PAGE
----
Neonic pesticide linked to decline of bumblebee queens

Farmers who use a common neonicotinoid pesticide on spring crops could be disturbing the life cycle of wild bumblebees, a new study suggests.

Researchers studied the impact of the neonicotinoid thiamethoxam on the feeding behaviour and ovary development of four species of queen bee.

The team, from the from Royal Holloway University of London, found that the pesticide reduces egg development in all four species.

See also: ‘Million hectares’ at risk from neonicotinoid ban extension

One explanation for the reduction could be that thiamethoxam impacts queens’ pollen consumption, and pollen contains essential nutrients for ovary development and brood production, said the researchers.

Thiamethoxam, manufactured by Syngenta, is one of three neonicotinoids currently subject to restrictions for use on flowering crops in the EU, including oilseed rape.

EU politicians are currently weighing the benefits of neonicotinoid crops to protect crops against their effect on pollinators and insects. In 2015 in the UK, 368,713ha of land were treated with thiamethoxam.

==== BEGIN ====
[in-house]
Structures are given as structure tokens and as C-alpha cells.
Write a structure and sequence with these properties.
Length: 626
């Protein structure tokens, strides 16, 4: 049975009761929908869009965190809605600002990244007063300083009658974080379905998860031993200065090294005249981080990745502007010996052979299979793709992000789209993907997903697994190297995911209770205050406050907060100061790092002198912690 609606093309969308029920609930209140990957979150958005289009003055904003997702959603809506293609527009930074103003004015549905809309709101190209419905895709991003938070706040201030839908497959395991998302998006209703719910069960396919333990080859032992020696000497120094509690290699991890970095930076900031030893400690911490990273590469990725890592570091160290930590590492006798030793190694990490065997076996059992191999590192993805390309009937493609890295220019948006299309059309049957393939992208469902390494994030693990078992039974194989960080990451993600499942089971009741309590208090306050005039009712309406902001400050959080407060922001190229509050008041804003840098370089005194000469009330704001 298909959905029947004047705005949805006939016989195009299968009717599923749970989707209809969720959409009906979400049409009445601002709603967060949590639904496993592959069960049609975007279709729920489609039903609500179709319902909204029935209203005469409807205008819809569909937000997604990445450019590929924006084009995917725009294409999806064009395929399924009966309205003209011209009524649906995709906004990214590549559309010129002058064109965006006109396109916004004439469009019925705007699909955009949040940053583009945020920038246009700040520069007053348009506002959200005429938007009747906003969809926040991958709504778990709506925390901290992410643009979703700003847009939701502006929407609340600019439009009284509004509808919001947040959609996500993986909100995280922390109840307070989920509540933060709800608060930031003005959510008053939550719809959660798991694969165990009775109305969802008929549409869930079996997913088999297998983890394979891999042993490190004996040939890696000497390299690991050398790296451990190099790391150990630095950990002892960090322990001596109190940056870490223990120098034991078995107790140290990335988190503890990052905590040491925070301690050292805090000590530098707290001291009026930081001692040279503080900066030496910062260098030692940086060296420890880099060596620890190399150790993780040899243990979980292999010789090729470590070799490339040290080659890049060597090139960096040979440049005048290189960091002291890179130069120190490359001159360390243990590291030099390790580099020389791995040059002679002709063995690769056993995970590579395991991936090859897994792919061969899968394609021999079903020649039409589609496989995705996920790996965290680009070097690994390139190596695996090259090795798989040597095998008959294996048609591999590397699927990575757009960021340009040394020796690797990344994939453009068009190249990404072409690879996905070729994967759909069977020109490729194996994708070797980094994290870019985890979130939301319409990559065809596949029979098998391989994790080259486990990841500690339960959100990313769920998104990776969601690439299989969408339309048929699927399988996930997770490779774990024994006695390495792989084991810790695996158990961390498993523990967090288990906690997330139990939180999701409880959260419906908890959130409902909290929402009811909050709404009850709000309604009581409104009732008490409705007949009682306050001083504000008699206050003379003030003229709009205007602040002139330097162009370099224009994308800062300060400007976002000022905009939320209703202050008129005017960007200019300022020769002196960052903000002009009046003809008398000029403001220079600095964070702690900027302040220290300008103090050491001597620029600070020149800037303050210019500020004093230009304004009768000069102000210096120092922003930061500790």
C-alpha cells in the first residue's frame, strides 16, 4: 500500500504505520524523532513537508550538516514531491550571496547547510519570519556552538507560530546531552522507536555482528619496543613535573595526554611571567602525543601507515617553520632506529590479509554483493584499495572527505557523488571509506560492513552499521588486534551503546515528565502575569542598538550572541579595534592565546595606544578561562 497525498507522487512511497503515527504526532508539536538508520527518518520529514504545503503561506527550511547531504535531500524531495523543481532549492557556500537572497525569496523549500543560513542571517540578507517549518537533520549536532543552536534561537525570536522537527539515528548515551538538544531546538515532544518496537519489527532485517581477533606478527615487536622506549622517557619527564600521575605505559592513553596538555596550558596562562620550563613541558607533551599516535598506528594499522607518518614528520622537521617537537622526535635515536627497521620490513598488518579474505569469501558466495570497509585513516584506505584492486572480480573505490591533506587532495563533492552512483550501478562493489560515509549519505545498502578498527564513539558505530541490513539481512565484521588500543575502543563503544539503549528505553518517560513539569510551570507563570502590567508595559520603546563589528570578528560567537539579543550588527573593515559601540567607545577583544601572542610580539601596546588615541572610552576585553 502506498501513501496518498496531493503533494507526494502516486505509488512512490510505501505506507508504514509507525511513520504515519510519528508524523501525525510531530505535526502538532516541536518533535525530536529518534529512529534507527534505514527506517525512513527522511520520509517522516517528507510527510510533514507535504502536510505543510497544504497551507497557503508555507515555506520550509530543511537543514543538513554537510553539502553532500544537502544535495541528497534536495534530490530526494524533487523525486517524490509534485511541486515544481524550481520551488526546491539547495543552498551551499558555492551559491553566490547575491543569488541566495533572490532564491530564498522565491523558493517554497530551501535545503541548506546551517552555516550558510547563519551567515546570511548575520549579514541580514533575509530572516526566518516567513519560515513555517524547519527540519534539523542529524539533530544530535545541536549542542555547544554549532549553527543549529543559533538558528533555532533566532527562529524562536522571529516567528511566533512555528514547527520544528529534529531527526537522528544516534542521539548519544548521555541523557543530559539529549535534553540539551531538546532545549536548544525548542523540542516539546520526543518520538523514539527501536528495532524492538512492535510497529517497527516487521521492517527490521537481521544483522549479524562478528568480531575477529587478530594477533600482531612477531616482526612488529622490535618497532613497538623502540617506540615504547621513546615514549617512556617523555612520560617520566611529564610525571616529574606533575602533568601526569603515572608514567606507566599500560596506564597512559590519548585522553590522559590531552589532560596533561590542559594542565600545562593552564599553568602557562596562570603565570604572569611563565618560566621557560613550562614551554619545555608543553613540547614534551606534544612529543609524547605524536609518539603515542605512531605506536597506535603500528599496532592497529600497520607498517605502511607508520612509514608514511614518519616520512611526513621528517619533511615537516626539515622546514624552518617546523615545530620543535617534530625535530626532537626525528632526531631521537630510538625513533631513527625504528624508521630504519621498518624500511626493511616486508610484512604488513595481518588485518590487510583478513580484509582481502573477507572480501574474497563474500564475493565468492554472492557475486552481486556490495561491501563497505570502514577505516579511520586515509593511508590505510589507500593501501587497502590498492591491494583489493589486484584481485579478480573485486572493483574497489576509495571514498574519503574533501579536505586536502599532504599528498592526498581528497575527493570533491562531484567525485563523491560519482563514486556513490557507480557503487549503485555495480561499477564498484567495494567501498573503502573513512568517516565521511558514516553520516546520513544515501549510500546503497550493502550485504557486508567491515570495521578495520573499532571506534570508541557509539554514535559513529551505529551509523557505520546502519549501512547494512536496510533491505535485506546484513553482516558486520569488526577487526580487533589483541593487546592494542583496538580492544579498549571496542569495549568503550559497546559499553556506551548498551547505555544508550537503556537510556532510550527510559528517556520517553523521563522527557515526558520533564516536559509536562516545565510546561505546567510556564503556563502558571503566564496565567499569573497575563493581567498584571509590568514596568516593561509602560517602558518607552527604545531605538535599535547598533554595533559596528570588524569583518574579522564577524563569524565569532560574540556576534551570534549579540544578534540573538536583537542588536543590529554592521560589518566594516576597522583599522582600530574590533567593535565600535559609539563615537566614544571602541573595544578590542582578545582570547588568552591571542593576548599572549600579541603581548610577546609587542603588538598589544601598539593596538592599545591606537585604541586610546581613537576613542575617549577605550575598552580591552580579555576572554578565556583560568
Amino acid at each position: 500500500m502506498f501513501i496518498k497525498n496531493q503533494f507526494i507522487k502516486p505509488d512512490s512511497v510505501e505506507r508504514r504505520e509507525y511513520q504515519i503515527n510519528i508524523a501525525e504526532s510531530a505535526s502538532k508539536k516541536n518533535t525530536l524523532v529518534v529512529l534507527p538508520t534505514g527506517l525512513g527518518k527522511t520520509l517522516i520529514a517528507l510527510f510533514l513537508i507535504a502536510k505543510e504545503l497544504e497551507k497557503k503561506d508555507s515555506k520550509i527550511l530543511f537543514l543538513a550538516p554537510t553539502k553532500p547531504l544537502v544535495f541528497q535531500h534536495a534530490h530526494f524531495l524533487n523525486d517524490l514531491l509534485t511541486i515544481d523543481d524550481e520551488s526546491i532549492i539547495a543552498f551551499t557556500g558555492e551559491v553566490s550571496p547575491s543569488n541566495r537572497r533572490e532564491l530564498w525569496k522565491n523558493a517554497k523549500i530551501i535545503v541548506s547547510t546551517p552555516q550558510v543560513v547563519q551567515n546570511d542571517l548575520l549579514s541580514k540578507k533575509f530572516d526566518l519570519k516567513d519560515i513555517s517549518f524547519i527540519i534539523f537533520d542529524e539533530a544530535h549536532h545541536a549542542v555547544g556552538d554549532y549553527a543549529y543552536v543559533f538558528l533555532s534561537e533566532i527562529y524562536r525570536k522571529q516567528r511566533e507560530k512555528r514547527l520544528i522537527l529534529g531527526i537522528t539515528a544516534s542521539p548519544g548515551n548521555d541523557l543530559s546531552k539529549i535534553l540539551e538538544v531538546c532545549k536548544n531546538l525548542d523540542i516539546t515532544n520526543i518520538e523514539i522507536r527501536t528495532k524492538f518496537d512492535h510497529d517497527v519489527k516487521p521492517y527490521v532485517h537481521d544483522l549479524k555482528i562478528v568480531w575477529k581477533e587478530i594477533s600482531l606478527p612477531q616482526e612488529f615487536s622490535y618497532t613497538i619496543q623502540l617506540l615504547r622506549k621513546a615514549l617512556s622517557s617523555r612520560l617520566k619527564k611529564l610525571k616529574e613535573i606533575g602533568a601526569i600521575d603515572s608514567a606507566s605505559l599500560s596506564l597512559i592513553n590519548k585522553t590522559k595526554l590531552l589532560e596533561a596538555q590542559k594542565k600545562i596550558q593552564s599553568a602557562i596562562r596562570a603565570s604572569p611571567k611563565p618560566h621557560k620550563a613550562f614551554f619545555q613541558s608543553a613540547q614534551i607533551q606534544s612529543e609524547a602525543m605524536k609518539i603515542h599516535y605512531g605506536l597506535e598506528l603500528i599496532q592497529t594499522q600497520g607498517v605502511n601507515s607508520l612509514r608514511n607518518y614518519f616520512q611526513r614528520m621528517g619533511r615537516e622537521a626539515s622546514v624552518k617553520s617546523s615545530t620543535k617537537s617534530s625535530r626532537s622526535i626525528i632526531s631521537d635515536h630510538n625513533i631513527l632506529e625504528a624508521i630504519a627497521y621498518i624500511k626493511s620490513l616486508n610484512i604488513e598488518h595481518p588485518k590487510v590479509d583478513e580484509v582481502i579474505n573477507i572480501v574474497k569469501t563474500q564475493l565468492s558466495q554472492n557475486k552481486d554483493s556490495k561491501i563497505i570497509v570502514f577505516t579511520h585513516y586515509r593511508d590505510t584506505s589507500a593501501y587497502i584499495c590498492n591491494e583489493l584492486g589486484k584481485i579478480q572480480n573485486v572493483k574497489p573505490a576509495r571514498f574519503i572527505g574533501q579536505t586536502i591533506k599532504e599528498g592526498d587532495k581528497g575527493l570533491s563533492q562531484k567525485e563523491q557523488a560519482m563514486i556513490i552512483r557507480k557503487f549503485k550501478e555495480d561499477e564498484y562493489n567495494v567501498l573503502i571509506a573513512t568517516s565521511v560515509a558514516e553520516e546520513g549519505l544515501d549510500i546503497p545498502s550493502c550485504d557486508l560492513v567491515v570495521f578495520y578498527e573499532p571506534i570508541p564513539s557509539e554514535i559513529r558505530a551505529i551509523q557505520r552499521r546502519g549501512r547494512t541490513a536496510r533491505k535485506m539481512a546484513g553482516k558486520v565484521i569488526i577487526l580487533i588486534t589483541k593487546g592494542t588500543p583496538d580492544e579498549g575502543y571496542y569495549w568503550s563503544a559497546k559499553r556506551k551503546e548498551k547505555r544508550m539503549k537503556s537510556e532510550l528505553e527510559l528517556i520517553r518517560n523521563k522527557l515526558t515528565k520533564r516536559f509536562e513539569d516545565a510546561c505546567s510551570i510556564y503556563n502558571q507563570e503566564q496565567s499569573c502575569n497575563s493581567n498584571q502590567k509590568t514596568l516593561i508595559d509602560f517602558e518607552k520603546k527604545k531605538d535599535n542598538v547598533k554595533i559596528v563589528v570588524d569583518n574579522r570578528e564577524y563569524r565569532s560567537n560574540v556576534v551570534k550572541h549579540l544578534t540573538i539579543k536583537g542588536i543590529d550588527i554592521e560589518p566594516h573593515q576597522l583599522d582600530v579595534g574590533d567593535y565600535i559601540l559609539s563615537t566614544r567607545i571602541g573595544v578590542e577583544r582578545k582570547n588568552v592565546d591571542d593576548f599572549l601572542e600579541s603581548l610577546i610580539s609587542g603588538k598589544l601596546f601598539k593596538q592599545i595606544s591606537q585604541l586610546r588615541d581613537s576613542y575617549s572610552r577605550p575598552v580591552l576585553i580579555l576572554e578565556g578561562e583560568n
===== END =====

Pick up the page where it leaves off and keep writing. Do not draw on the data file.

Field-relevant exposure

The study, published in the journal Proceedings of the Royal Society B, investigated the impact of exposure on queen bees to field-realistic levels of the pesticide.

In total, 506 queens were collected from the Crown Estate at Windsor Great Park in Surrey between March and April 2014.

Two out of the four species under observation were found to eat less artificial nectar when exposed to thiamethoxam in the laboratory.

“We consistently found that neonicotinoid exposure, at levels mimicking exposure that queens could experience in agricultural landscapes, resulted in reduced ovary development in queens of all four species we tested,” said lead researcher Dr Gemma Baron.

“These impacts are likely to reduce the success of bumblebee queens in the spring, with knock-on effects for bee populations later in the year.”

Future studies 

Commenting on the study, Syngenta scientist Dr Peter Campbell said: “This is a worst-case laboratory forced feeding study, which had methodological issues that could have confounded the reported effects that were attributed to thiamethoxam.
“In addition, lack of any reported effects on egg laying, survival and waxing behaviour bring into question the ecological relevance of the reported effects to bumblebee colonies under field realistic conditions of use.”
The study was funded by the Biotechnology and Biological Sciences Research Council (BBSRC), Defra, the Natural Environment Research Council (Nerc), Scottish government and the Wellcome Trust.

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